In late 2008, according to CFO‘s Business Outlook Survey, 72% of finance chiefs had “moderate” or “significant” concerns about the health of their financial-institution counterparties. With good reason, as it turned out. In 2009 banks’ ailments hit corporate finance departments full force: credit lines were pulled, terms were renegotiated, covenants were tripped, and counterparty-risk surveillance was increased. The contentiousness of the relationship between bankers and their corporate clients was best summed up by Steven Bavaria of DBRS: “When credit was abundant, a gun was at [bankers’] heads to reduce fees and spreads,” he said. “Now some of the same borrowers have to go hat in hand and ask for covenant relief. They shouldn’t expect a warm, helping hand from the bankers.”
And indeed, they didn’t get that helping hand. But CFOs of nonfinancial companies did smarten up and adapt to the new, harsher climate for credit, which CFO monitored throughout the year. The changed approach to bank and lender relationships is likely to remain for some time. Fortunately, as 2009 closed, revived bond and equity markets had bailed out companies that had been hung out to dry by their banks. But for other companies, especially small businesses, the credit crunch lingered. How will banking regulators worldwide prevent a repeat of the past two years? Stay tuned in 2010 as we explore the answers.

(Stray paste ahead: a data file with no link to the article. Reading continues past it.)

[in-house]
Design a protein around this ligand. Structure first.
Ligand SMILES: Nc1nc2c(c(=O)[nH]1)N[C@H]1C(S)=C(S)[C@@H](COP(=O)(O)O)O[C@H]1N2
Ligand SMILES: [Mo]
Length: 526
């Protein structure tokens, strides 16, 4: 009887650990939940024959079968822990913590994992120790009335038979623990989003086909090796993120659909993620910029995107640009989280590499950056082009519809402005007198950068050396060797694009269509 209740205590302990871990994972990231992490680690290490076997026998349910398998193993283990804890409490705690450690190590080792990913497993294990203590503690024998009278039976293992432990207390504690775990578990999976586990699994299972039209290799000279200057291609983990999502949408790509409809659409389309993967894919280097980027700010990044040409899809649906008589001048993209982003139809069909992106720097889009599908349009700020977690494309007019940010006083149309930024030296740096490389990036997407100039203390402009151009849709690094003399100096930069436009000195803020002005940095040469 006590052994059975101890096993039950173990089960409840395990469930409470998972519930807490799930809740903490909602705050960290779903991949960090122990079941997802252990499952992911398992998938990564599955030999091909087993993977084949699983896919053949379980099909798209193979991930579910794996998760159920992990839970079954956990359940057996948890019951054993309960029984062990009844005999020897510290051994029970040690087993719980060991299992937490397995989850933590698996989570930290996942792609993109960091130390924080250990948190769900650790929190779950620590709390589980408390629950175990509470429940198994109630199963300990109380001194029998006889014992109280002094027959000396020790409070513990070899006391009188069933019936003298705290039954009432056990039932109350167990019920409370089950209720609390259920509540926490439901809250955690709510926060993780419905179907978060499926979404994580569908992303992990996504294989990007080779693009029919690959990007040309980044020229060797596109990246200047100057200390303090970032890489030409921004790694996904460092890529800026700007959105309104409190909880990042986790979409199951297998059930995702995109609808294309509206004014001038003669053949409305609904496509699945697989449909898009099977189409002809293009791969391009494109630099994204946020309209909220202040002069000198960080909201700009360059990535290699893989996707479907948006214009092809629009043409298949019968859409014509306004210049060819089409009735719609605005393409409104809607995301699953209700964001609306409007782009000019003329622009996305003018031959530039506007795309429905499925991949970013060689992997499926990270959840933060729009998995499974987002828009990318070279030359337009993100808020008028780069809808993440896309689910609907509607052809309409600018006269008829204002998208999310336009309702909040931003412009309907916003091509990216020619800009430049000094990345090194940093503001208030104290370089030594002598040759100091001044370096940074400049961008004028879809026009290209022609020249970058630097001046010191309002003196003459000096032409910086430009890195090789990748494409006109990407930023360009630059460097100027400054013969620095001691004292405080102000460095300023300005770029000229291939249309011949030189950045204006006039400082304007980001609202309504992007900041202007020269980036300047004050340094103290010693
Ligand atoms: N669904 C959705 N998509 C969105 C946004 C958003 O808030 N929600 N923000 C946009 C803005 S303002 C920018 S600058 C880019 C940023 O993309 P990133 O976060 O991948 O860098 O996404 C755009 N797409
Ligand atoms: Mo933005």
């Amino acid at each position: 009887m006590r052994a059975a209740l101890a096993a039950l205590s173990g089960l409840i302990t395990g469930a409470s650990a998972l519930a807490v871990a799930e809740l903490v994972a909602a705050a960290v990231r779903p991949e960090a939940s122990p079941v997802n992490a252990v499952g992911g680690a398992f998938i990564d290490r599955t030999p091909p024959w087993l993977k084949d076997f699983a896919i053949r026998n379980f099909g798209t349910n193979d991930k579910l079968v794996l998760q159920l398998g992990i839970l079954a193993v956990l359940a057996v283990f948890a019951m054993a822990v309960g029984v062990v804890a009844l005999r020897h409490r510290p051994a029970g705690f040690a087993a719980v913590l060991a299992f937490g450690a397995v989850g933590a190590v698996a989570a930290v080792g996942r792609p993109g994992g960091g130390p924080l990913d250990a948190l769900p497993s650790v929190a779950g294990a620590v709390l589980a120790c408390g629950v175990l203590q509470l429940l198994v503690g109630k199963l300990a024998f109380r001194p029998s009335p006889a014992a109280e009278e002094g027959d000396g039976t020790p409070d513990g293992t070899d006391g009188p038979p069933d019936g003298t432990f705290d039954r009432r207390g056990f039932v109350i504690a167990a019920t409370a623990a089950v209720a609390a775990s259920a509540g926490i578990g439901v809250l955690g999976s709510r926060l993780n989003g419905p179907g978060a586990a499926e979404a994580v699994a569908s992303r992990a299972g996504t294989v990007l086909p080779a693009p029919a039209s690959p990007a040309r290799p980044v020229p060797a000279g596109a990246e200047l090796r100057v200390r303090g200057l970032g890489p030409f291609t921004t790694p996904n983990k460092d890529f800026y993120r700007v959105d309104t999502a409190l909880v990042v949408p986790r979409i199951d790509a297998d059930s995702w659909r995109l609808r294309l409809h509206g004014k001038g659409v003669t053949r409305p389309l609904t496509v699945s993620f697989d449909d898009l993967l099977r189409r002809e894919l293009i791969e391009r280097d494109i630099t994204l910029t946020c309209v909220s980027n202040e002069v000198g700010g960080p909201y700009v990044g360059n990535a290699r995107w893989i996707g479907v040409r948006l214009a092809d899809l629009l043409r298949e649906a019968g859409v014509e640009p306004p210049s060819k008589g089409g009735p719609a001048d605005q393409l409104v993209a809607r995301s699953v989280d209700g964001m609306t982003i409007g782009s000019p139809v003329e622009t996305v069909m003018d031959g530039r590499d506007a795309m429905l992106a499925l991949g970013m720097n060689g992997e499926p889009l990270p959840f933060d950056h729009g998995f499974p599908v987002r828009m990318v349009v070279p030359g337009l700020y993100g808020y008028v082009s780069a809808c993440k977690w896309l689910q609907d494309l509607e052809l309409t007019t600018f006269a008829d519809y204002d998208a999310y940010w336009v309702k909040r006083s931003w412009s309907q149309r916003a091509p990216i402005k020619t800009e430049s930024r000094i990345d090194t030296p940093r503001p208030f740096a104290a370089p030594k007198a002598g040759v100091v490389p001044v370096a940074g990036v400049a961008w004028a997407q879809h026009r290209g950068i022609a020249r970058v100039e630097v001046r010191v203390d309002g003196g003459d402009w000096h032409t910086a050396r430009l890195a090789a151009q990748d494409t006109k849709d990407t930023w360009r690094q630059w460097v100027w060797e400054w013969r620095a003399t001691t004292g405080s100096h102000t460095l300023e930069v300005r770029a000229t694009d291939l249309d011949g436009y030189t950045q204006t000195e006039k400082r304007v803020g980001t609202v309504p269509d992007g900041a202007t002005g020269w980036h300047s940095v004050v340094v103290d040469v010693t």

Europe and Asia agree: Credit is hard to come by and there is little relief in sight.
With more failures expected, CFOs should subject their banks to a thorough checkup.
CFOs and treasurers who do business with the biggest banks, insurers, and hedge funds may find it comforting if sputtering ones are red-flagged.
Five years as CFO of a small commercial bank during one of the most tumultuous financial meltdowns in history has given this 19-year banking veteran a new view of capital, government programs, and serendipity.
Despite the lip service paid to the importance of small businesses, efforts to ease their credit woes have come up short.
The key takeaway: do your due diligence on the shrinking universe of lenders as early as you can. And maybe buy some derivatives or credit insurance to make you look less risky.
More companies are violating loan covenants, but there are ways to avoid taking a hard fall.
It took some doing, but Ducommun is among the few companies able to recently acquire a five-year line of credit with decent terms.
The government’s push to standardize over-the-counter derivatives could severely disrupt corporate hedging programs.
Treasury departments are still paying a price for auction-rate securities.